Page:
Last Wednesday, arts editor Edie Adelstein and I traveled to Denver's Mile High Station to experience Firestone Walker Brewing Co.'s dinner with Colorado chef Hosea Rosenberg, thrown, like the parties mentioned in this fun bit from Focus on the Beer, in honor of the Great American Beer Festival. (You may have heard of it. If you're sick of our posts on the topic, feel free to tell us here, here and here.)
"The Lion, the Bear and the Brewmaster," as it was called, was exciting not only because our $75 tickets were comped, but because Rosenberg had already made a name for himself by winning the fifth season of Top Chef, and his food would be paired with some of the rarest beers FW makes — its Anniversary series, which blends of some of the brewery's best stuff. (Released annually, the previous Anniversarys aren't on shelves anymore, but XVI is coming up, and an employee at Coaltrain Wine & Spirits says he expects the store, and a handful of others, to receive a small shipment around the beginning of the year.)
The dinner's name refers to co-owners David Walker and former winemaker Adam Firestone — a Brit and Californian, respectively — and master brewer Matt Brynildson. (Check out just some of the trio's accolades, and our interview with Walker when he stopped by the Blue Star, here.) All were in attendance, and offered anecdotes and answers to audience questions, while servers ran small plates to a crowd of around 250.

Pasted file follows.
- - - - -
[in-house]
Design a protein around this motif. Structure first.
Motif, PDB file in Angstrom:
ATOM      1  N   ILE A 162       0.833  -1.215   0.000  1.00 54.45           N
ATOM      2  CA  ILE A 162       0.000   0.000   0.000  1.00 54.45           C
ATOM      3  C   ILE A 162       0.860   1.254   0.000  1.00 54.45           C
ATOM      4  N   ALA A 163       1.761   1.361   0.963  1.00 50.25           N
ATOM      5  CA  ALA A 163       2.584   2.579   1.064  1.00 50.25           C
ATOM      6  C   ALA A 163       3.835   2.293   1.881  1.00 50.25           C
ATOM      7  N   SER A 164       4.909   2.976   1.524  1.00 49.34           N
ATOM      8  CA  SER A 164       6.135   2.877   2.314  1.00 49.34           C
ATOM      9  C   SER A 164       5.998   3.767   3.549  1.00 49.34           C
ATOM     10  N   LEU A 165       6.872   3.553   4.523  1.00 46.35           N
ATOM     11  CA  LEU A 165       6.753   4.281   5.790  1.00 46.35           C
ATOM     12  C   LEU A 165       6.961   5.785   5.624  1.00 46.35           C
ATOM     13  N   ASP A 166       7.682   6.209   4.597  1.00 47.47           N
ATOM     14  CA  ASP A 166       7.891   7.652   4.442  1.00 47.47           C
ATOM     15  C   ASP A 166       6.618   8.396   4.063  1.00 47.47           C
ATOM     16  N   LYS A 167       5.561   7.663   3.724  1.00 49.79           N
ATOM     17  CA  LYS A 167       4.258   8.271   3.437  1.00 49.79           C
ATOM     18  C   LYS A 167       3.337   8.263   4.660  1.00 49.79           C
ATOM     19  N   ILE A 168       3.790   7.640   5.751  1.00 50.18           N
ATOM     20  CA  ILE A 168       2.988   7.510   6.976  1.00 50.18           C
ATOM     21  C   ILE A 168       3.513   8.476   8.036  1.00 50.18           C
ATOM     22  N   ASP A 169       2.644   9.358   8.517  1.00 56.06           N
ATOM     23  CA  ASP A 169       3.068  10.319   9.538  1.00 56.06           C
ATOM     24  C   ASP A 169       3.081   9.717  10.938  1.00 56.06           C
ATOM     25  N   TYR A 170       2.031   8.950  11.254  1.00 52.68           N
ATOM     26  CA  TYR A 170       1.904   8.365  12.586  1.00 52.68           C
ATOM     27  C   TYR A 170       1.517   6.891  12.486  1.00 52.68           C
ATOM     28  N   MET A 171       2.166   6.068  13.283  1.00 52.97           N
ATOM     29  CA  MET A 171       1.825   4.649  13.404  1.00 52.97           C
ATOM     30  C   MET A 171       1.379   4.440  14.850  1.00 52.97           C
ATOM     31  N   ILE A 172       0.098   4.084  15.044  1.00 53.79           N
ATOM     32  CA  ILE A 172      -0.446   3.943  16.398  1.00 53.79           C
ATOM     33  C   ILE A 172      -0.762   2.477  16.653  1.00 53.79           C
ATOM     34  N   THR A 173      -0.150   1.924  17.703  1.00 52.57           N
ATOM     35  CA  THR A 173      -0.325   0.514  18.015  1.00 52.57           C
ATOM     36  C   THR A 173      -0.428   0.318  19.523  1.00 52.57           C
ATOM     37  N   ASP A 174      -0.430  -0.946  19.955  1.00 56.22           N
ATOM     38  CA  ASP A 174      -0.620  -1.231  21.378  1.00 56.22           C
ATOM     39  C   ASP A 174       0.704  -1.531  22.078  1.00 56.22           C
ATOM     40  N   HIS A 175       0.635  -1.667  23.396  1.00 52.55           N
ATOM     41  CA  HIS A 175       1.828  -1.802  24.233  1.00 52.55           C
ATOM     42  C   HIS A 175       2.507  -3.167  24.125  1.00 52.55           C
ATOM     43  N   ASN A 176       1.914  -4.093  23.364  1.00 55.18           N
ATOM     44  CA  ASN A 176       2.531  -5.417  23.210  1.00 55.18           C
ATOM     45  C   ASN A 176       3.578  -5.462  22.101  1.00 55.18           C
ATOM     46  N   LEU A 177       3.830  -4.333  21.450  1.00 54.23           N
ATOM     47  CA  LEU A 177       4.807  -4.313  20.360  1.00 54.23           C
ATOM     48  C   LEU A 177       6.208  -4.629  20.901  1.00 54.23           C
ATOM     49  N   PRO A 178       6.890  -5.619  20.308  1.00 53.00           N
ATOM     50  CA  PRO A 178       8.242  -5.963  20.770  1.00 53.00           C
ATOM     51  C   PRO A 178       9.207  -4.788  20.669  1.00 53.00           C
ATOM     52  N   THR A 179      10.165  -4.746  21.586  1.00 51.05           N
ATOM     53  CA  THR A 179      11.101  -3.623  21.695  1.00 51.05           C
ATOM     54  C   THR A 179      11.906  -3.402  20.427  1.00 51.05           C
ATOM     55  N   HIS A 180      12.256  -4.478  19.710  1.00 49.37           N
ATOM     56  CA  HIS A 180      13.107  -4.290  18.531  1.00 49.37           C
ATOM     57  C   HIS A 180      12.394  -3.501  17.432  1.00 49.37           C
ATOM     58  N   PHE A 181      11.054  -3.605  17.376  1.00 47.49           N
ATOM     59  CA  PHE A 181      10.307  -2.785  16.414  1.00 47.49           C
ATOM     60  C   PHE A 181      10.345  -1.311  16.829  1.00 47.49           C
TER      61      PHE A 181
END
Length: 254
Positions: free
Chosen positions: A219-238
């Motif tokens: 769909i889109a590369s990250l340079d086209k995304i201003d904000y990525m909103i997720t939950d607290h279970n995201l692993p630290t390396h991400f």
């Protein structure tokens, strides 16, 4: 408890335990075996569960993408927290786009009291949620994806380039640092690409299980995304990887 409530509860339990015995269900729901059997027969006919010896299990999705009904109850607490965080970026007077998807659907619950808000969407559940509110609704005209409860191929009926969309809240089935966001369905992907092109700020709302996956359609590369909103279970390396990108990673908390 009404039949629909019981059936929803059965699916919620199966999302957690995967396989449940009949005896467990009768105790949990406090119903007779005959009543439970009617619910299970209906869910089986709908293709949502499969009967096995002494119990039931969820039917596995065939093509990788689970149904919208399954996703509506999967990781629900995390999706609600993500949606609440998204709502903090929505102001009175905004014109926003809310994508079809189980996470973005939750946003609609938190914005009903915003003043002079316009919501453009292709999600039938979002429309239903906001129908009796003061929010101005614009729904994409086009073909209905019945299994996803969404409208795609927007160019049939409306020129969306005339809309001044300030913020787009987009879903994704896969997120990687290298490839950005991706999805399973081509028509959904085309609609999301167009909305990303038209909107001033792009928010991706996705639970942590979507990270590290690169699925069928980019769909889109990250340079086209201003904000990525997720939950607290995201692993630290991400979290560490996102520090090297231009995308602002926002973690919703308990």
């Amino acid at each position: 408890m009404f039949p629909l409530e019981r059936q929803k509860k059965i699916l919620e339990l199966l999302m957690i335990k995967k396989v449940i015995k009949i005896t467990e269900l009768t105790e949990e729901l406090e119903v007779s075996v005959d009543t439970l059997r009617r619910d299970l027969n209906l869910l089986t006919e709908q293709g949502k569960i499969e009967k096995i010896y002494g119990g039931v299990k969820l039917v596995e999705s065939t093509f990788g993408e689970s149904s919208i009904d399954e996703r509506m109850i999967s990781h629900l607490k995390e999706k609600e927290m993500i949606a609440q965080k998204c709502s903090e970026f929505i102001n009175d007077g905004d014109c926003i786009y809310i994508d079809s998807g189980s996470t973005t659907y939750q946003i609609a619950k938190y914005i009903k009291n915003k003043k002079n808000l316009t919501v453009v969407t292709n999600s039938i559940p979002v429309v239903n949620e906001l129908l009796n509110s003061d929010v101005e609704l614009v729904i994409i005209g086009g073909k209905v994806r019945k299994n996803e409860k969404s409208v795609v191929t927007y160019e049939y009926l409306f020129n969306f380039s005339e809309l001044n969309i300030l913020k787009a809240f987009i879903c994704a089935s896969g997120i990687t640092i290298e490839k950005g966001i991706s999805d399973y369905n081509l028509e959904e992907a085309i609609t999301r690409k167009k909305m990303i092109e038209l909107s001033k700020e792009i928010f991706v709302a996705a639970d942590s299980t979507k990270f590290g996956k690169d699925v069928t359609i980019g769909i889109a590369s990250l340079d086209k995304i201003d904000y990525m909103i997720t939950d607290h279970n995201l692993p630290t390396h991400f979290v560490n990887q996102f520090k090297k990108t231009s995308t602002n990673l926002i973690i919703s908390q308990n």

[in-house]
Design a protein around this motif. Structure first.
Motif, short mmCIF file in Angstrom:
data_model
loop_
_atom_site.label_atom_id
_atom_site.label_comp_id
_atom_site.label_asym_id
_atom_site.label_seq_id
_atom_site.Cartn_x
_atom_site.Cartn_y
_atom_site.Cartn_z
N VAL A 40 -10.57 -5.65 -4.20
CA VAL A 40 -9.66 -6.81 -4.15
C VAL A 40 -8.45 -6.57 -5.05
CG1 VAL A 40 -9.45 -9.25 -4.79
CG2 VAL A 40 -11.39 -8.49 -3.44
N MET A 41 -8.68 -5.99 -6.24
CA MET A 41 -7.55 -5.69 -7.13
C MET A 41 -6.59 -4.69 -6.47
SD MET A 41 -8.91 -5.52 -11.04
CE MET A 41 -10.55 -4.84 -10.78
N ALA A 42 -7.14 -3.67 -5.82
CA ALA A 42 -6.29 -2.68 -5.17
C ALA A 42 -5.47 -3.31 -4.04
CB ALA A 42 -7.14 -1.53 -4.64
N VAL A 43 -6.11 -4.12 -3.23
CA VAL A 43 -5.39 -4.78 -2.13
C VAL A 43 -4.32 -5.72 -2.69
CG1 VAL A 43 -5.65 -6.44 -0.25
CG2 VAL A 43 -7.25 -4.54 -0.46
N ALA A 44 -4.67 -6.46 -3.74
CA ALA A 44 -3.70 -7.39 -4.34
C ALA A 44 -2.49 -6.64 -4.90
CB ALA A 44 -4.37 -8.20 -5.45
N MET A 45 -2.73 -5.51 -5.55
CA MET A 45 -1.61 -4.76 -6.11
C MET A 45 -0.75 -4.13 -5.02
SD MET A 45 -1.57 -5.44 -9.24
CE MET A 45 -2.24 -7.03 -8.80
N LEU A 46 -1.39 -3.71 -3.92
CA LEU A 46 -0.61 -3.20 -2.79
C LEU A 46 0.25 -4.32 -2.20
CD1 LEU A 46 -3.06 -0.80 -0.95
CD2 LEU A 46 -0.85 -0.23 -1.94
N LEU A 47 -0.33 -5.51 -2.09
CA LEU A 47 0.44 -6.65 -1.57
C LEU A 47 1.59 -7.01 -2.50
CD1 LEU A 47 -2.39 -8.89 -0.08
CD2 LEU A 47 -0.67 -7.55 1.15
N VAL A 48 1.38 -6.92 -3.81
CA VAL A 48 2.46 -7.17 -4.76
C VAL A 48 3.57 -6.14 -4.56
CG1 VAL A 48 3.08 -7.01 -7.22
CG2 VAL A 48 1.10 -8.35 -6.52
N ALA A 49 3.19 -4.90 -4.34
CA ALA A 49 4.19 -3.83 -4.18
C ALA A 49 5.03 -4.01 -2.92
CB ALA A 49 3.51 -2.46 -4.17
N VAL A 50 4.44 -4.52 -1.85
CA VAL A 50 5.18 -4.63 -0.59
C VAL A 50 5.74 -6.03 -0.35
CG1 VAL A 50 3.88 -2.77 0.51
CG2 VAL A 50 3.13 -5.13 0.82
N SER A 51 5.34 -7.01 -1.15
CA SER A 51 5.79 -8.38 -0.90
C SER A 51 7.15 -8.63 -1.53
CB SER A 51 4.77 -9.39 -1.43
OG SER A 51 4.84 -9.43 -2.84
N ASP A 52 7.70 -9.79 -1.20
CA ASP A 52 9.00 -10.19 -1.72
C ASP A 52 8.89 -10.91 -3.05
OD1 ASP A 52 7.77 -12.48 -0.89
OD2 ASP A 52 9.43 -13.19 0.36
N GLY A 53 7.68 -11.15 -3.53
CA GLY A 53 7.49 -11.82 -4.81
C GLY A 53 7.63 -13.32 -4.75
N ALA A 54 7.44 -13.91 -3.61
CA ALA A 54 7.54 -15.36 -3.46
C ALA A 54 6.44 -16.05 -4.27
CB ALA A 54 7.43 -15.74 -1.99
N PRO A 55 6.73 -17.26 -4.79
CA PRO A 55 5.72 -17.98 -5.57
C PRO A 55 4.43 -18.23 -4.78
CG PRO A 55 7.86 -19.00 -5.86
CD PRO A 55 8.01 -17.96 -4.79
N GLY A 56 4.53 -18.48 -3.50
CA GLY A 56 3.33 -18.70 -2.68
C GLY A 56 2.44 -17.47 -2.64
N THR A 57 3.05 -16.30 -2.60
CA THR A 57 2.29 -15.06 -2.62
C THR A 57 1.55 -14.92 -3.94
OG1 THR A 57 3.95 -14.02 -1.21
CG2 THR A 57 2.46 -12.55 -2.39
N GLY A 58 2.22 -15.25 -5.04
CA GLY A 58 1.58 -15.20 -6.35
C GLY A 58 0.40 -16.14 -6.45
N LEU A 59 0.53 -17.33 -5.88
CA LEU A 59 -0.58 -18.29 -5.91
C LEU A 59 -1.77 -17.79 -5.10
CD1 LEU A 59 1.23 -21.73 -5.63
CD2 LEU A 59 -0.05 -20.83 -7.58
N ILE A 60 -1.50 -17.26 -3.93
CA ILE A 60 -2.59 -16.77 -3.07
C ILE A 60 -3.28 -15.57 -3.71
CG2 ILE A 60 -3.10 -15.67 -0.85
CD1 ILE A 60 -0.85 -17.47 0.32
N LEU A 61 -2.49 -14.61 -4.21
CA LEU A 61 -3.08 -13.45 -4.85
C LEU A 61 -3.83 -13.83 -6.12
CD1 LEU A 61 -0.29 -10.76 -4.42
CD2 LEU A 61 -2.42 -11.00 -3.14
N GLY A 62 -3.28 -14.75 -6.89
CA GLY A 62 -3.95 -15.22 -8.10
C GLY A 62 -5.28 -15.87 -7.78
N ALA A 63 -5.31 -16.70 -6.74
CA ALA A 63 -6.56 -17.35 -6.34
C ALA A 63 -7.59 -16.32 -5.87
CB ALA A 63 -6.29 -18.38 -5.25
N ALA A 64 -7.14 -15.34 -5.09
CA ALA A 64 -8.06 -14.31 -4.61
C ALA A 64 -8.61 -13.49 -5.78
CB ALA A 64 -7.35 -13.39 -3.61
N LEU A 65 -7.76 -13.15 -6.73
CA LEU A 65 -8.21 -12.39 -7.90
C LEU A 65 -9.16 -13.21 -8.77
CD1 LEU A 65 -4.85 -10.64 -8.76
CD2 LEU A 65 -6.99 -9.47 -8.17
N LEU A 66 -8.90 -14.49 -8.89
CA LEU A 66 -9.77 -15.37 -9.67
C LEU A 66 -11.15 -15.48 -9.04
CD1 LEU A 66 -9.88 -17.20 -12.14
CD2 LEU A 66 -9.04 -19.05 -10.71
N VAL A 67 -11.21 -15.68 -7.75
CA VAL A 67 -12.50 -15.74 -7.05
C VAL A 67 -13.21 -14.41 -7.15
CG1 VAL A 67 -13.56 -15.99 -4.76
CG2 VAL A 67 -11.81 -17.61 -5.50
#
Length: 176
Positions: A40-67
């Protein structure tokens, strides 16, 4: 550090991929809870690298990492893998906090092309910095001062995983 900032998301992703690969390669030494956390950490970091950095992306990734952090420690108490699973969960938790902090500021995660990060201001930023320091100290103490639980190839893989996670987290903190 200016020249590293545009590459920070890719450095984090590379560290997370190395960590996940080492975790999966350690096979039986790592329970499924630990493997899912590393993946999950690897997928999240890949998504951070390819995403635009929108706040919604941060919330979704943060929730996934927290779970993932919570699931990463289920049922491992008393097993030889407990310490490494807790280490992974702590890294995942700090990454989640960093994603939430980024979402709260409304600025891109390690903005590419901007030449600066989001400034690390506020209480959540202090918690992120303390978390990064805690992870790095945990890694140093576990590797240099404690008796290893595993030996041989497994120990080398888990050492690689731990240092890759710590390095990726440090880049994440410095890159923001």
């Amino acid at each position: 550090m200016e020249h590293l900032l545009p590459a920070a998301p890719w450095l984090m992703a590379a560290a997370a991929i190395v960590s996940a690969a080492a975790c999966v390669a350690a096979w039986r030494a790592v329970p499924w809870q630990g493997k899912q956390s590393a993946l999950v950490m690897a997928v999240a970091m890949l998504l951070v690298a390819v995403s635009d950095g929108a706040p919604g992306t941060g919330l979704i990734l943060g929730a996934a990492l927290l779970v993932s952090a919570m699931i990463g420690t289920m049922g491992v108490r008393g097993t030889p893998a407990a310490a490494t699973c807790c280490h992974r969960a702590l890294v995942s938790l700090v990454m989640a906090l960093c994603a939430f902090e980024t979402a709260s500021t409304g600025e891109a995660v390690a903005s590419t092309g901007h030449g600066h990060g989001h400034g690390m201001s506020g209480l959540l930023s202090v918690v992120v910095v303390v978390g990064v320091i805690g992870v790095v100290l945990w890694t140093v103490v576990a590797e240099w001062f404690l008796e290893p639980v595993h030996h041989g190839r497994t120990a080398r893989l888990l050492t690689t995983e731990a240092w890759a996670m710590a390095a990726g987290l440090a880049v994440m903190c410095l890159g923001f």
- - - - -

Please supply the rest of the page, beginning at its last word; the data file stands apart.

Despite the menu's ambitions, the night came off pretty casual; the two partners act a lot like brothers. Of course, in a legal sense, they are: "Pick your partners carefully; I didn't pick mine, my sister did," joked Firestone to a room of laughter. "She's a charming lady, but weak in judgment."
"He's very lucky that I sleep with his sister," replied Walker. "She keeps the dialogue very civilized."
Drinks-wise, the Anniversary beers we sampled — XII, XIII, XIV and XV and the coming XVI — were high-alcohol, Earth-moving swigs of dark brown bourbon-y stuff; very much like a mellow barleywine, almost wasted on any food that covers up the roasted-toffee-brown-sugar music being made. I can't emphasize this enough: Get some when it comes out.
Here's how the website describes the series:
Since founding our brewery in 1996, we have specialized in the rare art of brewing beer in oak barrels. In the fall of 2006, we released a limited edition oak-aged strong ale called 10 to commemorate our 10th anniversary. The experience was greater than any one of us could have ever imagined. We now present XVI, our seventh release in what has become an annual autumn rite at our brewery.
We took a lot of pictures of the event's participants, pours and food, but the lighting was terrible and our camera just wasn't up to the task. (Basically: Our pictures are bad and we feel bad.) What follows below are the most presentable.